The older population is one of the largest growing segments of our population. In 2000, there were 39.6 million persons 65 years or older (Administration on Aging, 2009). Alzheimer’s disease is the leading cause of cognitive impairment. Over 5.3 million Americans have Alzheimer’s disease and this number is increasing in epidemic proportions. Alzheimer’s disease affects 13% of those age 65 and over (Alzheimer’s Association, 2010).
As a person ages, their physical and cognitive abilities may become compromised. Independence is an important part of an older person’s identity and older adults will fight to keep their independence as long as possible. In the person with Alzheimer’s disease or other cognitively impairing processes, it is a delicate balance to maintain the individual’s independence while maintaining a safe living environment.
Independence is the ability to direct one’s own affairs without interference and freedom from dependence on others. Milestones in a person’s life which contribute to independence include the following:
- 1. Obtaining a driver’s license
- 2. Holding a job
- 3. Having your own place to live
- 4. Having access to money without oversight
- 5. Having a checkbook or credit card for purchases
A person with cognitive impairment may be unable to safely perform the tasks which were previously associated with independence. In addition, the impaired person may not have the insight into their deficits and, therefore, may not be aware of their declining abilities. This situation puts the cognitively impaired person at risk. In these situations, the most common types of risk are harm to self, harm to others, financial exploitation, and self-neglect.
There are many cues that a person is having difficulty safely maintaining their independence. According to the Alzheimer’s Association (2001), the ten warning signs of Alzheimer’s disease include:
- 1. Memory loss
- 2. Difficulty performing familiar tasks
- 3. Problems with language
- 4. Disorientation to time and place
- 5. Poor or decreased judgment
- 6. Problems with abstract thinking
- 7. Misplacing things
- 8. Changes in mood or behavior
- 9. Changes in personality
- 10. Loss of initiative
A person with early dementia may be able to function in some areas of their life and carry on social conversation but be unable to complete more complex functions. Additional warning signs that a senior may need assistance include:
- 1. Forgetfulness
- 2. Sudden change in functioning
- 3. Failure to pay bills
- 4. Inability to obtain help in case of emergency
- 5. Leaving appliances on or unattended
- 6. Frequent falls
- 7. Poor personal hygiene
- 8. Lack of attention to appearance
- 9. Dressing inappropriately for the weather
- 10. Getting lost in familiar surroundings
- 11. Poor eating habits
- 12. Recent weight loss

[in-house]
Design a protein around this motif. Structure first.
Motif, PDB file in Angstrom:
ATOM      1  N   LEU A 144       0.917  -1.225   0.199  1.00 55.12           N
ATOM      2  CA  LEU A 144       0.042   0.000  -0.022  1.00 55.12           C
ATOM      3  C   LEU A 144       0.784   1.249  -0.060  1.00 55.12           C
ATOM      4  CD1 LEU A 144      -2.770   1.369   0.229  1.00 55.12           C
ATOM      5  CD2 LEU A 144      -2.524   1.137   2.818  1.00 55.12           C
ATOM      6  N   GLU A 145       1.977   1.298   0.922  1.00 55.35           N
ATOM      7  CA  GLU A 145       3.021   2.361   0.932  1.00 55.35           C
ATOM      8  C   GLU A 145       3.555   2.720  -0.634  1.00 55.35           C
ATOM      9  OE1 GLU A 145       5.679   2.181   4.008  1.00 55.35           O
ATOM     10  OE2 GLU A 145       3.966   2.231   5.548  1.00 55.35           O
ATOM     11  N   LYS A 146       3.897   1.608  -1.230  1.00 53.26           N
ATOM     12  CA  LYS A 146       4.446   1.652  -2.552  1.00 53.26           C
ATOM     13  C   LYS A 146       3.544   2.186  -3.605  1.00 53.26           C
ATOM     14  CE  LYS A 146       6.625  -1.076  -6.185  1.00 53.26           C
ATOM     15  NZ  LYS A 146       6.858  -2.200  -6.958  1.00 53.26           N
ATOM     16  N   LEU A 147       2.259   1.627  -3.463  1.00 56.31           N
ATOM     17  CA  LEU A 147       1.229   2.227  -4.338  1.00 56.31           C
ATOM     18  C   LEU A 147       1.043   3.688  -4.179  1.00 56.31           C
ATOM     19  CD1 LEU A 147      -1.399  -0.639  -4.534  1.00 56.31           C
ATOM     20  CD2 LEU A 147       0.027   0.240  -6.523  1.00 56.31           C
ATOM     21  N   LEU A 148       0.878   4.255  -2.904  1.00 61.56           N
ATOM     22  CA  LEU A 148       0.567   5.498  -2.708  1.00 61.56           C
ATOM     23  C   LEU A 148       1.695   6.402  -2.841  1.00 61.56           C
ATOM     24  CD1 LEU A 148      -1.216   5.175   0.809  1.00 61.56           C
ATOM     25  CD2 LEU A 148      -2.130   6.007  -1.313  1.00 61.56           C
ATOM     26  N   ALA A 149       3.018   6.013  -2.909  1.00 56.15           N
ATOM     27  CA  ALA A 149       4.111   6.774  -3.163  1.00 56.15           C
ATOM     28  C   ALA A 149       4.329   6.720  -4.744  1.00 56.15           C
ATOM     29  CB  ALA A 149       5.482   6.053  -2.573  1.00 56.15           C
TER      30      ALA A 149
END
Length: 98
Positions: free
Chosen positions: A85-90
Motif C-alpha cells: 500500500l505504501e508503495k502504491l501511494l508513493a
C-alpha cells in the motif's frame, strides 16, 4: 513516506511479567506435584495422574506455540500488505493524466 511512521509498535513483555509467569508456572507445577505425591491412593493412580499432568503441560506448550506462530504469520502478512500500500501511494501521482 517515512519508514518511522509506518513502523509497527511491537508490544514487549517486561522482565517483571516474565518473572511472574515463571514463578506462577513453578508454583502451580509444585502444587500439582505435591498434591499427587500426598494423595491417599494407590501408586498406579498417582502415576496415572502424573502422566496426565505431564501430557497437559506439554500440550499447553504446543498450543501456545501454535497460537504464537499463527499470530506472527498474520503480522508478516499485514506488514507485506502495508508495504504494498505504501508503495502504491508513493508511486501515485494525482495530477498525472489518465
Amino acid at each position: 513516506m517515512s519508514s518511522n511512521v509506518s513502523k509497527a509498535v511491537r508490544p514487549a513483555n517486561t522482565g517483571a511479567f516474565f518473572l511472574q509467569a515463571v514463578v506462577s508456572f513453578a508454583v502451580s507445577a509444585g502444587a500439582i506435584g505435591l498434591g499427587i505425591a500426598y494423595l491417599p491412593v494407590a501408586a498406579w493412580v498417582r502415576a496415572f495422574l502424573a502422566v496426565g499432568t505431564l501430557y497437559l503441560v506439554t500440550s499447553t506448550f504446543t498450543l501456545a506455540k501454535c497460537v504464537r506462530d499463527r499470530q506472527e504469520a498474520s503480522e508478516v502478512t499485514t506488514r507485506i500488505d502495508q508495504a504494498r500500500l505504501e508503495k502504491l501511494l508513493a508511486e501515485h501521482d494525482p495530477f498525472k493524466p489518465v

- 13. Anxiety or depression
- 14. Sudden deterioration in physical condition
- 15. Non-compliance with doctor’s recommendations
- 16. Non-compliance with medications
- 17. Accumulation of mail, laundry or trash
- 18. Lost cash, jewelry or assets without recollection
- 19. Multiple traffic violations or accidents
- 20. Dents in the car or broken tail lights
If one or more of the above warning signs or symptoms is noticed, it is important to determine the cause of the problem, not just treat the symptom. It can be difficult for family or friends to address these issues with an older adult because it acknowledges a loss of ability and potentially a loss of independence. There is also an emotional tie between family or friends and the older adult that can make it more difficult to address these issues. When these concerns are addressed with the older adult, often it is met by resistance or denial. Frequently family members are faced with the responsibility of obtaining assistance for the older adult, but are unaware of the resources or options to provide the support needed. Due to the increasing size of the aging population, there are ever-increasing resources to assist families and older adults to remain at their highest functional level and assist them to remain as independent as possible. The problem is that many people are not aware of the various resources and support systems available.
Although resources vary by state, most states have both an Area Agency on Aging and a local chapter of the Alzheimer’s Association. The Area Agency on Aging is a government-subsidized not-for-profit that provides resources and programs to assist senior adults. The Alzheimer’s Association is the largest national voluntary health organization committed to finding a cure for Alzheimer’s and helping those affected by the disease. They are an excellent resource for family and friends of a person diagnosed with Alzheimer’s disease or related disorders. The Alzheimer’s Association provides educational classes and literature, support groups, and information/referral services. The Safe Return program provided through the Alzheimer’s Association is the only national system to assist in identifying, locating, and returning individuals with Alzheimer’s disease or related disorders who wander and become lost (Alzheimer’s Association, 1999).